Not too long ago I was home alone as the clock moved towards 2am when there was an incredibly loud bang on the front door.
At first I debated if I had indeed just heard a collosal knocking or whether I’d just imagined the whole thing out of some kind of sleep deprived hysteria – but before I could come to a conclusion there was another series of bangs on the door.
Now I’m not going to lie to you – I was about one more knock away from folding up into a cowardly ball of fear, however deep down I knew I had to answer the door and face whoever was on the other side in the early hours of a weekday morning.
Anxious and pretty f*cking terrified I strolled to the door, making sure I had a weapon, not necessarily on me, but definitely in reach in case the mystery knocker was about to pummel me in the stomach and rob everything in the house.
What I didn’t know is that my drunken brother had ordered a kebab while walking home; he’d not told me about it, and I was now face to face with a delivery driver who was halfway through an argument with me about how someone at this address had ordered a kebab. Then he eyed up a household deadly weapon and most likely began thinking that I was about to murder him.
Eventually I figured out what had happened and made a profuse and very dramatic apology to the delivery driver and handed him all of the change in my pocket as a tip.
The reason for this pretty bizarre anecdote is to say that when photographer Tim Newton woke up to the sound of rattling on his porch in Alaska, I completely understand how anxious he must’ve been.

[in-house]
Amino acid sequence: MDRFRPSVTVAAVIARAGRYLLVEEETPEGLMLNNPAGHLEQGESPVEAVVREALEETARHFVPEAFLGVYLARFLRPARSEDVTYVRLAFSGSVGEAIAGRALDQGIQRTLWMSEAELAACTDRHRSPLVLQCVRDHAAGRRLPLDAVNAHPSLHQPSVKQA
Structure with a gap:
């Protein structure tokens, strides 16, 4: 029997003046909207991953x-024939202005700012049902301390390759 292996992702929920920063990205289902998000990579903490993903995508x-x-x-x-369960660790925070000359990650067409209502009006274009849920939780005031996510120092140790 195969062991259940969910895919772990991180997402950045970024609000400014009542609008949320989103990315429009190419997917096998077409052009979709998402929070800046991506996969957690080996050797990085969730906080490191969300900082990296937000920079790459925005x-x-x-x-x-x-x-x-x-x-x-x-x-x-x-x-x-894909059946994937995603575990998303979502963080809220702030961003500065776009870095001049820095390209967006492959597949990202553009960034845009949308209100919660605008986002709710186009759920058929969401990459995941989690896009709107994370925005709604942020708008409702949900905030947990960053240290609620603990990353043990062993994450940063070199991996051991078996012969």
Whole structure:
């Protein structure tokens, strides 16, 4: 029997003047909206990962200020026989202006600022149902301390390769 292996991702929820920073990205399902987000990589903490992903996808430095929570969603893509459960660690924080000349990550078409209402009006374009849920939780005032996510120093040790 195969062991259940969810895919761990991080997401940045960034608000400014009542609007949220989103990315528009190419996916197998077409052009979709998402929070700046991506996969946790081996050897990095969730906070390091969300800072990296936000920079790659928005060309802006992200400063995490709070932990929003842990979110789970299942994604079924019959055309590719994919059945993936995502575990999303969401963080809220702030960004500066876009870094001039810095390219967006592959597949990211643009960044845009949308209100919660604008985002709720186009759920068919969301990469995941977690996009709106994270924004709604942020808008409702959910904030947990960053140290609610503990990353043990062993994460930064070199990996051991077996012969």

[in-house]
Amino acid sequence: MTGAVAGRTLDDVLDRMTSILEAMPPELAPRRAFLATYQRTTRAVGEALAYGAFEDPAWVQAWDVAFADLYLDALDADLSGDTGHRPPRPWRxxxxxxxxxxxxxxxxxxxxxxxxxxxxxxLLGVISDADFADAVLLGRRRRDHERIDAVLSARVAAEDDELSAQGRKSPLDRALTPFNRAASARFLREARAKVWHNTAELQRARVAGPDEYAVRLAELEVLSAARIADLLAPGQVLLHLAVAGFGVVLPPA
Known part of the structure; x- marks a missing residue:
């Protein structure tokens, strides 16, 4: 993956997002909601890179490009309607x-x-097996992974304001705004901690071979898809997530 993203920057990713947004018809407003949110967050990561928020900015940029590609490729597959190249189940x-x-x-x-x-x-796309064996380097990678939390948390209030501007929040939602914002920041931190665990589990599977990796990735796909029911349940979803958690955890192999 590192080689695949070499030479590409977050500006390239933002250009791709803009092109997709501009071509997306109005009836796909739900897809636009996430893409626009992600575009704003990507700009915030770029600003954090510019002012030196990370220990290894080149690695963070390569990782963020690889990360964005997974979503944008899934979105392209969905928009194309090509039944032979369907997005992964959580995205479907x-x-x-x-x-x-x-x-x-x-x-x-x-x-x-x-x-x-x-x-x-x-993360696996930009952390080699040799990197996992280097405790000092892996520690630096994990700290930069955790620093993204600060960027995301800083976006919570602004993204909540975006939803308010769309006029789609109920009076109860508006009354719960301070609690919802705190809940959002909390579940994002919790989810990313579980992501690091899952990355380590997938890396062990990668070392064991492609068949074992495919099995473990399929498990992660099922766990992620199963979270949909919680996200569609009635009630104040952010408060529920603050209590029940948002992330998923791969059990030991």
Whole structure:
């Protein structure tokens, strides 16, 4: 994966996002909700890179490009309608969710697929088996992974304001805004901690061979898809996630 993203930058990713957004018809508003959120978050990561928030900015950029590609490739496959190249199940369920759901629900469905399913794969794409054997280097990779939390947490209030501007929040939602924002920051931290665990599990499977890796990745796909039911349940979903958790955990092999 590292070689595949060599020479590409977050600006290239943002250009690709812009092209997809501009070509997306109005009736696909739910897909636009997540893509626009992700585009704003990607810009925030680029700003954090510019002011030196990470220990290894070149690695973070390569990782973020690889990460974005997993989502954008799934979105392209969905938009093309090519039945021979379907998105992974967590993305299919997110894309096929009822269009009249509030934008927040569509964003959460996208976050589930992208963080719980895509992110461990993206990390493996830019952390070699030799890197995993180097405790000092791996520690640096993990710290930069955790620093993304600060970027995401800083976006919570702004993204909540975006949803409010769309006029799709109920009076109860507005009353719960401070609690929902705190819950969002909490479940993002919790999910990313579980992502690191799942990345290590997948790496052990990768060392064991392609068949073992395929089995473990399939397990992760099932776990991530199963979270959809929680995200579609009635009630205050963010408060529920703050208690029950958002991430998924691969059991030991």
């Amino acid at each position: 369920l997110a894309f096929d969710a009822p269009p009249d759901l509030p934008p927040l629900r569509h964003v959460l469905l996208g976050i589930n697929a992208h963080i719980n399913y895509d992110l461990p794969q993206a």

Fortunately for me, living in an industrial hellhole in the north of England my intruder was either going to be a robber or a somebody asking for help (or a takeaway deliver driver). In Alaska, however, intruders can be a helluva lot more frightening.
Think bears, bison, mountain goats. All of those grissly beasts you really don’t want to end up in a scrap with while in your pyjamas first thing in the moring.
Bravely, Tim crept up to his screen door to take a look at what was making all the noise when he discovered something utterly beautiful.
Thankfully, as Tim works as a photographer, he immediately picked up his camera and started snapping, before uploading them to his Facebook page and website where you can see, and buy, all of his photographs.
Speaking to UNILAD, Tim explained:
I heard some noises out on our lower deck at is at the bottom of the house. So, I crept over to the window and pulled up the blinds just a crack, and could see it looked like cats were out there. But then I noticed one had little tiny hairs on its ears and very BIG feet!
So I then realized it was probably a lynx kitten! I ran to get my camera … and opened the screen door just a little bit …. and there was a Mama Lynx – I heard her making a noise – and then her seven kits proceeded to start coming onto the deck!
I just stood there just dumbfounded and started taking photos. They were very confused that there might be anything near, because I’m behind the screen but they could hear my camera. That’s why they were all looking at me – they were looking at the noise. They then proceeded to walk onto our large lower deck to play!
It was a very unbelievable encounter. We had never seen them before and probably will never see them again as they travel the terrain so fast in Alaska.
It was the experience of a lifetime. I was born and raised here – and I have never seen anything like it!
Now I’m not a fan of cats in general, in fact I’d go so far as to say that I really dislike them, however even for me these photos are so bloody cute.
Joseph Loftus is a Gold Standard NCTJ journalist with four years experience working for international and regional press.
As well as working for UNILAD and LADbible, Joseph has worked as Liverpool Correspondent for Unsigned & Independent Magazine, as well as stints with the Liverpool Echo and Warrington Guardian.